FAST FACTS HAWAII
Isle employers less optimistic about hiring
Honolulu area employers are less optimistic about hiring than they were a year ago about their prospects for hiring during the first quarter of 2007, according to Manpower Inc.
's Employment Outlook Survey.
The quarterly survey found that from January to March, 38 percent of the companies interviewed plan to hire more employees, while 24% expected reduced payrolls. Another 31 percent expect to maintain their current staff levels and 7 percent are not certain of their plans, the company said.
Hawaii's unemployment rate hit an all-time low of 2.1 percent in October, the third straight month that the state had the lowest jobless figure in the nation, according to state data.
"Employers in the Honolulu area are significantly less optimistic about hiring than they were a year ago, when 40 percent of companies surveyed thought job gains were likely and 3 percent intended to cut back," said Manpower spokesperson Sunny Ackerman.
Nationwide, of the 14,000 U.S. employers that Manpower surveyed, 23 percent expect to add to their payrolls during the first quarter of 2007, while 11 expect to reduce staff levels, 60 percent expect no change, and 6 percent are undecided about their hiring plans next quarter.
Load factor drops at isle airlines
' load factor decreased on its systemwide routes in November as the carrier added capacity, while smaller interisland rival go! saw its percentage of seats filled remain steady, albeit at reduced levels.
Hawaiian reports only its systemwide numbers and does not break out figures for its interisland and trans-Pacific routes. Aloha Airlines does not report traffic figures at all.
Hawaiian said yesterday its load factor in November fell 4.4 points to 85 percent from 89.4 percent the year before. But the number of passengers it carried in November increased 8.6 percent to 530,159.
Mesa Air Group Inc.'s go!, reported a load factor of 63.7 percent in November. Go!'s highest load factor ever was the 82.5 percent it achieved in June during the three weeks following its debut. Its load factor then fell to 73.9 percent in July, and has been in the 60 percent range since.
Go! carried 57,383 passengers in November.
EPA revises fuel-economy formula
WASHINGTON » Car buyers will be facing a new form of sticker shock when they browse dealer lots starting next year.
The U.S. Environmental Protection Agency yesterday issued new testing procedures that will cause fuel economy estimates on the stickers of new vehicles to drop an average of 12 percent for city driving on most 2008 model year vehicles, and 8 percent for highway driving.
Highly fuel-efficient vehicles are expected to see the largest slide, with ratings for city driving dropping by as much as 30 percent and highway driving estimates falling 25 percent from current levels.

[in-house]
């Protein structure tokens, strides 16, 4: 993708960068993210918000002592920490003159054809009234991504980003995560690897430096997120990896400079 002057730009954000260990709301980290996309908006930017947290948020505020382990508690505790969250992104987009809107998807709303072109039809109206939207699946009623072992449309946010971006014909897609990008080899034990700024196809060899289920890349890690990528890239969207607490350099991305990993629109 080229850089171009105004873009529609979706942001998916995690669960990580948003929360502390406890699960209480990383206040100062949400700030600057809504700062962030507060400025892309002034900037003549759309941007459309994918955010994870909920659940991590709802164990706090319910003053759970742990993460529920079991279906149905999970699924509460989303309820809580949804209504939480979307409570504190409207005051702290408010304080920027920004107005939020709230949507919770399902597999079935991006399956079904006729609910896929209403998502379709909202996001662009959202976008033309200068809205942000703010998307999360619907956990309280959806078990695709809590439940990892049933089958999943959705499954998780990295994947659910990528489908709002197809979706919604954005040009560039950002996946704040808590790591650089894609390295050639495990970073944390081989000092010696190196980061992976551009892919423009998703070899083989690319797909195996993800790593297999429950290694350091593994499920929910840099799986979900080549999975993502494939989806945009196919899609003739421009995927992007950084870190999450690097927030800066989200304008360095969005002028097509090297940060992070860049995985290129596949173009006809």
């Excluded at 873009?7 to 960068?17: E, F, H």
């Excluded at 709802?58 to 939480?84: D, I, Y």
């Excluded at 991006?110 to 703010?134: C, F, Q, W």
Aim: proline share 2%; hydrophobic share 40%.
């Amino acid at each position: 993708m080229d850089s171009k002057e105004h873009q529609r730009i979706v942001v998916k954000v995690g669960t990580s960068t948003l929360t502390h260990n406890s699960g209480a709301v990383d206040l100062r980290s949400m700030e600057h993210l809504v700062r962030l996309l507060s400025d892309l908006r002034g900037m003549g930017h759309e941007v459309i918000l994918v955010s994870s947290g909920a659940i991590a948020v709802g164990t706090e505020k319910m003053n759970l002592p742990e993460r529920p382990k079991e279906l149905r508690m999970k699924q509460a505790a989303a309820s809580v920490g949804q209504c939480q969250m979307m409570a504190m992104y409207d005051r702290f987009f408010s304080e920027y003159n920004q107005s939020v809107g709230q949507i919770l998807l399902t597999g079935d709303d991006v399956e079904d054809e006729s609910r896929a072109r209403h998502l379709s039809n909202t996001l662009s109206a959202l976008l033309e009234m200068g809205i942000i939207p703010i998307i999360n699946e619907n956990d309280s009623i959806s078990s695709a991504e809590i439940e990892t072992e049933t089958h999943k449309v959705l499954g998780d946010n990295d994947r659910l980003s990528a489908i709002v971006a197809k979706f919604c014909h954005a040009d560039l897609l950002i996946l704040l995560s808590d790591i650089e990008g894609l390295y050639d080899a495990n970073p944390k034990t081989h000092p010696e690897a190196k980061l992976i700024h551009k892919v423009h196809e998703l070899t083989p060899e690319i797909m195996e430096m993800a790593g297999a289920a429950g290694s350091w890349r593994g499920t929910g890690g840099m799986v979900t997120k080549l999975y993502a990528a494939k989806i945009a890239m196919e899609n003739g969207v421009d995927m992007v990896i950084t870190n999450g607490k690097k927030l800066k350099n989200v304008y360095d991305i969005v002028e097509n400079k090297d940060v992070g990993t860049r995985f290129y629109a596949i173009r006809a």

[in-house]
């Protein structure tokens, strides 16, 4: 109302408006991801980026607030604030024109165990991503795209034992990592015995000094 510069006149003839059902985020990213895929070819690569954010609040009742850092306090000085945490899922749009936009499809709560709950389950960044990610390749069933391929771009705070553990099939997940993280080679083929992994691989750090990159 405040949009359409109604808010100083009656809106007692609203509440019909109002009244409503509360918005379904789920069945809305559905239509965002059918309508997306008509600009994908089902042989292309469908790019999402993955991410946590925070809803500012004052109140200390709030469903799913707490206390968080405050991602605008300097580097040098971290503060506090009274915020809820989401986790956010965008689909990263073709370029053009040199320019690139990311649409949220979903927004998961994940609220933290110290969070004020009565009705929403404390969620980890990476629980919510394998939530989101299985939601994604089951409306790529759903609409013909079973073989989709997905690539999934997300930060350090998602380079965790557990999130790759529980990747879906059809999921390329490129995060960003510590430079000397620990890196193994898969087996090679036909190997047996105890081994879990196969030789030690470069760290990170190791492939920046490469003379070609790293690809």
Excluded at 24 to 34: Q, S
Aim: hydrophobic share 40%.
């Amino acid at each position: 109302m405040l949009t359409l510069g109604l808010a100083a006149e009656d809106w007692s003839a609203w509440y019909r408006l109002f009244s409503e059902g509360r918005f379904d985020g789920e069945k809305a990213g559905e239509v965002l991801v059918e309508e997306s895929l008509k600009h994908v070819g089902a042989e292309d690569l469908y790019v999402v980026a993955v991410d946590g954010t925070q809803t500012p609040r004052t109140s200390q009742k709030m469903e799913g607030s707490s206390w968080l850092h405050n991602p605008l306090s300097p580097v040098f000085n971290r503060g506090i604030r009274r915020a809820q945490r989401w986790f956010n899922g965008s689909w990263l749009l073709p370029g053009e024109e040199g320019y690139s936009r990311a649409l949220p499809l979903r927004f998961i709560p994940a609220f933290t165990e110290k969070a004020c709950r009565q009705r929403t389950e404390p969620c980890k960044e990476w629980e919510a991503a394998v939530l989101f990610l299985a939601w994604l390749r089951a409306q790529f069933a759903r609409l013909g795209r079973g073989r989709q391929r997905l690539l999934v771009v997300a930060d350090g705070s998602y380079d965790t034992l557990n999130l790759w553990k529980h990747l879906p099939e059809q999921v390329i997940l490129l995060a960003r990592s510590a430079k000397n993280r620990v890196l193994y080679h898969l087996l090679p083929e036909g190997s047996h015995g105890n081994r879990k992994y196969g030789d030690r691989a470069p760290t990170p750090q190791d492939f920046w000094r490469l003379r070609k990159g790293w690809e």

Mileage estimates for gas-electric hybrids likely will be 20 percent to 30 percent lower for city driving and about 10 percent to 20 percent lower on the highway, the agency said.
The changes respond to consumer complaints that fuel economy estimates are frequently less than advertised.
EPA's new system will take into account data from vehicle tests designed to more accurately assess high-speed driving, rapid acceleration, the use of air conditioning and driving in cold temperatures.
"EPA's new fuel economy sticker ensures American motorists won't be stuck with higher than anticipated charges at the pump," said EPA Administrator Stephen L. Johnson in a statement.
Nissan planning to build new fuel-cell vehicle
TOKYO » Nissan Motor Co.
announced plans yesterday to launch a next-generation fuel cell vehicle in the early 2010s in Japan and North America .
Nissan Chief Operating Officer Toshiyuki Shiga, outlining the company's "Nissan Green Program 2010," said the company introduce from fiscal year 2010 gasoline engine technologies that will enhance fuel economy and at the same time reduce carbon dioxide emissions equivalent to diesel engine levels.
The company aims to introduce a new fuel-cell vehicle using an improved fuel stack -- the main part of such vehicles -- developed in-house after 2010 that will offer performance on par with gasoline-power automobiles, Shiga said.
But for the mid-term future, Shiga said the company plans to focus on the internal combustion engine as the primary power source for its vehicles, and will concentrate on improving engine efficiency.
Dutch ditch 'free to air' analog TV and go all digital
AMSTERDAM, Netherlands » The Netherlands ended transmission of "free to air" analog television yesterday, becoming the first nation to switch completely to digital signals.
Few Dutch consumers noticed, because most get TV via cable. Only around 74,000 households relied primarily on the old-fashioned TV antennas.
The bandwidth formerly used by analog has been licensed through 2017 by Dutch former telecommunications monopoly Royal KPN NV. Under its agreement with the government, KPN bore the cost of building digital broadcasting masts and must continue to broadcast three state-supported channels and several regional broadcasters free of charge. In return, it can use the rest of the open bandwidth to charge around $18.50 a month for a package of other channels that is comparable with cable.